New Hampshire is just one vote away from passing a gay marriage bill – again.

Senators this morning approved a compromised gay marriage bill that includes the religious protections sought by Governor John Lynch. The 14 to 10 vote went down along party lines with all Democrats in support and all Republicans in opposition.

But the real fight will come later today when the House of Representatives takes up the issue.

Last month legislators unexpectedly passed a gay marriage bill, but Lynch remained coy about whether he would withhold his signature. House members narrowly approved the measure and Senators dismissed the recommendation of its Judiciary Committee, passing the measure on a 13 to 11 vote.

Lynch agreed to go along on the condition that legislators codify religious exceptions for churches and their workers. Opponents howled, calling the governor a turncoat; they said he had broken his promise to protect marriage. Lynch, a Democrat, had previously said he believes marriage was between a man and a woman.

Senators approved the changes two weeks ago but House members balked, defeating the bill along a thin 188 to 186 vote. But House lawmakers also refused to kill the gay marriage bill for the session, deciding instead to call on the Senate for a new compromise on the religious exceptions.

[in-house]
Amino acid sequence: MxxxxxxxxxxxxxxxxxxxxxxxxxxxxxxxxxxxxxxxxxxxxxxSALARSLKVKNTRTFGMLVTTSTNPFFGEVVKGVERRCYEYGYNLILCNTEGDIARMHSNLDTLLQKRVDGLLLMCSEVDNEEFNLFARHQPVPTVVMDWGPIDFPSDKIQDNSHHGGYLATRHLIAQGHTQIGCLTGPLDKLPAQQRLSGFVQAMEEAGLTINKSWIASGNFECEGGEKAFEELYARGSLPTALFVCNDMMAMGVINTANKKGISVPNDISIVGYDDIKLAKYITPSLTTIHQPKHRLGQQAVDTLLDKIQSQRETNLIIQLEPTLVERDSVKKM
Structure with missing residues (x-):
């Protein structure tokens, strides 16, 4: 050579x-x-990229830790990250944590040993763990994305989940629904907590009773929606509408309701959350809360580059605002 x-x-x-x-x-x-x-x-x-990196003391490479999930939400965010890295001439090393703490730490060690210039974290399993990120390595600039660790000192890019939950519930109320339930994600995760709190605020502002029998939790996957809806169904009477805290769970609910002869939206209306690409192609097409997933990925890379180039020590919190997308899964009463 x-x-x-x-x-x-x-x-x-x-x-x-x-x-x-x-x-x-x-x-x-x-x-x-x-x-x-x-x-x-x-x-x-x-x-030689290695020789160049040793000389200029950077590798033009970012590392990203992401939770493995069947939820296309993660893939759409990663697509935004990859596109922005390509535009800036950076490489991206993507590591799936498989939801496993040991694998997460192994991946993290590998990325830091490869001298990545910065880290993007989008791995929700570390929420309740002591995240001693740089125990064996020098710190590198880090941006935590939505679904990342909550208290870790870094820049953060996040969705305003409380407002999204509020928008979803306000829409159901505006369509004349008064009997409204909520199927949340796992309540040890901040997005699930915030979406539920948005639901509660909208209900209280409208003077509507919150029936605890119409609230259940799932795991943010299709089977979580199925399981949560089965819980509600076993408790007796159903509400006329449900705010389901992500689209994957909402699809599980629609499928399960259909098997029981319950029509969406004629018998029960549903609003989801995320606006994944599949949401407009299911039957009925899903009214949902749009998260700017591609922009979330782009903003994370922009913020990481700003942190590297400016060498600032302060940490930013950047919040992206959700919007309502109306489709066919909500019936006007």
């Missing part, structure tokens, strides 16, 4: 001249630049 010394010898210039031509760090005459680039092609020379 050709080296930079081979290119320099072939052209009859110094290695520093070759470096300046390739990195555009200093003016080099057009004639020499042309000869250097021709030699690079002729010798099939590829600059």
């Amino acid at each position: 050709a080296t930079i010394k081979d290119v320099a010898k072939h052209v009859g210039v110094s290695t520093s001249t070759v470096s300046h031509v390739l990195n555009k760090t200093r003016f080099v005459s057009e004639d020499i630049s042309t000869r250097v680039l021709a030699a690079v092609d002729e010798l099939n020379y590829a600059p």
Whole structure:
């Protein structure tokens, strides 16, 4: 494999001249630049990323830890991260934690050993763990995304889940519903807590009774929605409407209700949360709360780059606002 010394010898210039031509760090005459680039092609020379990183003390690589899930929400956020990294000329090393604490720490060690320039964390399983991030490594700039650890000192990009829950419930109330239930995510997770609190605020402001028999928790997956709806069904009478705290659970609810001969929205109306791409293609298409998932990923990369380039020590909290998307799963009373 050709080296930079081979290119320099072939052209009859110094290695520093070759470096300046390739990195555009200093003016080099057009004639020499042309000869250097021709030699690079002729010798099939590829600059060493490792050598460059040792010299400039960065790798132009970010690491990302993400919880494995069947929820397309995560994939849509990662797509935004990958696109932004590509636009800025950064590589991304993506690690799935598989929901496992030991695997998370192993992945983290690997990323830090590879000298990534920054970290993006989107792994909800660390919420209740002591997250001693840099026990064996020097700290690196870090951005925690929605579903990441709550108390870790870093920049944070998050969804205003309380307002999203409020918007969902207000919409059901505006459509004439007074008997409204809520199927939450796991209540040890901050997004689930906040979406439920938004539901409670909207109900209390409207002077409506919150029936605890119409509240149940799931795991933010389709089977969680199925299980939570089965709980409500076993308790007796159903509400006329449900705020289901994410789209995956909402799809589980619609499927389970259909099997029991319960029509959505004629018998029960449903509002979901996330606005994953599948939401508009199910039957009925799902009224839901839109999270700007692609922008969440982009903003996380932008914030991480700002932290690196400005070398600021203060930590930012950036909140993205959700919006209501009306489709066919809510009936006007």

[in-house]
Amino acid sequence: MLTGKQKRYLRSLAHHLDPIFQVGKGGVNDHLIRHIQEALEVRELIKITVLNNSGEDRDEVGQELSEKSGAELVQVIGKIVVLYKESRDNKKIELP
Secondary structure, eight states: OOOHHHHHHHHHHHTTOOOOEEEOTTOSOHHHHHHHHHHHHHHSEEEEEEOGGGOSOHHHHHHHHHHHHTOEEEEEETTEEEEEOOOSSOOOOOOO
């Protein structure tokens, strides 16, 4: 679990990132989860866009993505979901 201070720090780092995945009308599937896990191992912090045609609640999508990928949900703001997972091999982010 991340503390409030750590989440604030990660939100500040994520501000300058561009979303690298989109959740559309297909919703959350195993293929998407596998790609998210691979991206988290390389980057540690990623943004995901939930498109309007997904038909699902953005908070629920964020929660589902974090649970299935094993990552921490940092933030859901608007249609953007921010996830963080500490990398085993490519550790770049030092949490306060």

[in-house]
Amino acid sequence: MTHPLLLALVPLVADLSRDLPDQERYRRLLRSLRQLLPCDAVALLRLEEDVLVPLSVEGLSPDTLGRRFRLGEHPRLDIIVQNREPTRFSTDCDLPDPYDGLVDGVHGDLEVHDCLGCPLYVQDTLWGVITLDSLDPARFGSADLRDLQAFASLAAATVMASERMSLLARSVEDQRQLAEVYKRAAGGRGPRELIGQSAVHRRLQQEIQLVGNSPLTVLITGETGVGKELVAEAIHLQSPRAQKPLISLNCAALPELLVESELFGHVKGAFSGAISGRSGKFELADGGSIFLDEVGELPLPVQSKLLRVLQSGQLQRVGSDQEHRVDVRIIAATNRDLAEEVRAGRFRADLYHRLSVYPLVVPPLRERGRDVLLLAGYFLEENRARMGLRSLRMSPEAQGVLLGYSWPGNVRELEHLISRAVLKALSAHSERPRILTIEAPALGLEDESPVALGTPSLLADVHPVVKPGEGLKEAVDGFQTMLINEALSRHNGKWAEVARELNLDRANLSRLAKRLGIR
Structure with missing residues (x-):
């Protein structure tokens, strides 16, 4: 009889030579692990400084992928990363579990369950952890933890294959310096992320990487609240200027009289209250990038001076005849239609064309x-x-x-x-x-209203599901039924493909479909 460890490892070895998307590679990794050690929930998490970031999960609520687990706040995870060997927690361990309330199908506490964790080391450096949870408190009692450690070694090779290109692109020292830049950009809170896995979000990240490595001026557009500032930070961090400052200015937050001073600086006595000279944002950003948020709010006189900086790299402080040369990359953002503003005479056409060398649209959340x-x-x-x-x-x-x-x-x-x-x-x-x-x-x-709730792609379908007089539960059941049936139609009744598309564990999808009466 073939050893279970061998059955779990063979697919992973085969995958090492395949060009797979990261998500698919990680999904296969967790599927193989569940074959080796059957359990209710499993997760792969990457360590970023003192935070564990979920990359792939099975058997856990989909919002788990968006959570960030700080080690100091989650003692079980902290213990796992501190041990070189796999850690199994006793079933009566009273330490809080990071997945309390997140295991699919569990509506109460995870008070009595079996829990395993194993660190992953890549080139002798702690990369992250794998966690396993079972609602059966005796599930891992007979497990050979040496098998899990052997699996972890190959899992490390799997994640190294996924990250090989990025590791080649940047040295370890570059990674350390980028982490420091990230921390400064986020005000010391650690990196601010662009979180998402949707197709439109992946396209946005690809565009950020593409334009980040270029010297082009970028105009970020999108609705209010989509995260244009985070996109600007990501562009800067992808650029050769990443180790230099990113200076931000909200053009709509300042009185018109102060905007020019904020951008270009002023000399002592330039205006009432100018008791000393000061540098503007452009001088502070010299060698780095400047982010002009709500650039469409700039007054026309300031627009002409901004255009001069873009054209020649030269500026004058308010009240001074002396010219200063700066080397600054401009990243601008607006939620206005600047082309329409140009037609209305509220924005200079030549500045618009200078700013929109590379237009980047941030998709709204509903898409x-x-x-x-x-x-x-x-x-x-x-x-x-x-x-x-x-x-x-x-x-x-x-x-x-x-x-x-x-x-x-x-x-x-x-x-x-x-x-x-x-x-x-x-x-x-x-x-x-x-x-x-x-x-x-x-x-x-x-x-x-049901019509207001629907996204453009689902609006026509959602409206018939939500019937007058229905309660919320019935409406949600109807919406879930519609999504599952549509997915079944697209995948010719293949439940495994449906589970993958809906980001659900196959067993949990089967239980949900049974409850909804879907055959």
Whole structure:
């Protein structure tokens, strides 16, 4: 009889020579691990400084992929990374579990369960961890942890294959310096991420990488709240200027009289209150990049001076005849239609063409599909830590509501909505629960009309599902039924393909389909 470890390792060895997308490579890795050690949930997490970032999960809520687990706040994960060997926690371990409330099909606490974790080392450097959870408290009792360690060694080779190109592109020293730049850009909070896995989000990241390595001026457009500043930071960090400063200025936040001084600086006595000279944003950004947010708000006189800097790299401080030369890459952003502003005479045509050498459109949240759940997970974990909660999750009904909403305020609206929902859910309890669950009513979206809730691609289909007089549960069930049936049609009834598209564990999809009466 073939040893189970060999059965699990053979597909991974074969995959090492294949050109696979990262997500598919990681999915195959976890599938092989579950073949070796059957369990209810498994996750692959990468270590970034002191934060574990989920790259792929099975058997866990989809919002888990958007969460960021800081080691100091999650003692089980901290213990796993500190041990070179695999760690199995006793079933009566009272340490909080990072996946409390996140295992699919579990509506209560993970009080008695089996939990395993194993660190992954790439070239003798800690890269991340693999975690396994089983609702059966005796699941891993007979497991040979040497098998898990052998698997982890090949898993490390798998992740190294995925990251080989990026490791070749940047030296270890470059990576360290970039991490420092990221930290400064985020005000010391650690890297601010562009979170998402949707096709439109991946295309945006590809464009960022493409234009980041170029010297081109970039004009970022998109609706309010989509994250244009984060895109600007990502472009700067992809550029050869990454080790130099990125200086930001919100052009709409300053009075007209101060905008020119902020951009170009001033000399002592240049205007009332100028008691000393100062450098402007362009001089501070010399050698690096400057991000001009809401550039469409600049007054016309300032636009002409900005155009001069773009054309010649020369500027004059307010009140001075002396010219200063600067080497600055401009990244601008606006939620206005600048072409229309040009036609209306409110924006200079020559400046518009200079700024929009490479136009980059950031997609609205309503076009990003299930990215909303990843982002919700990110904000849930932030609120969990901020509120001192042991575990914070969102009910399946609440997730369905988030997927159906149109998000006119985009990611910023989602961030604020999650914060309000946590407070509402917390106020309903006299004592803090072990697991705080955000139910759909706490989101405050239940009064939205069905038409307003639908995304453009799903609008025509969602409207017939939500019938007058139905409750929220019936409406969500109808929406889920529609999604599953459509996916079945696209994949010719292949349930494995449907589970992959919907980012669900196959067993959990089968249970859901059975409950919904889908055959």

The House loss was a terrible blow to advocates who had been celebrating with recent wins in Iowa, Vermont and Maine. While advocates remained dazed, opponents took credit for the upset.

“Of course it didn't just happen,” Maggie Gallagher, president of the National Organization for Marriage, wrote at the National Review blog. “We've figured out how to go over the heads of the media directly to the people on the marriage issue – even in New England. Some enterprising reporter may just ask how?”

But how is no secret. The convolutions of gay marriage in the House leave little doubt that the chamber is deeply divided on the issue. Passage in the House then boils down to who shows up for the vote.

Two years ago, lawmakers in the state approved civil unions for gay and lesbian couples. Both the civil union and gay marriage bill were introduced by openly gay Representative Jim Splaine, a Democrat.

“The recent public discussion on the issue has shown that marriage is more than a legal right,” said Mo Baxley, the executive director of the New Hampshire Freedom to Marry Coalition, in a statement. “Civil unions require unfair treatment in an unequal institution, and they diminish liberty and freedom for all Granite Staters. It's clear that a majority of people in New Hampshire know that it's time for our legislators to act on this issue.”

Proponents will continue their push throughout the day, lobbying undecided House members and, if passed, urging the governor to sign the bill into law.

Several hundred advocates rallied in support of the bill at the Statehouse this morning.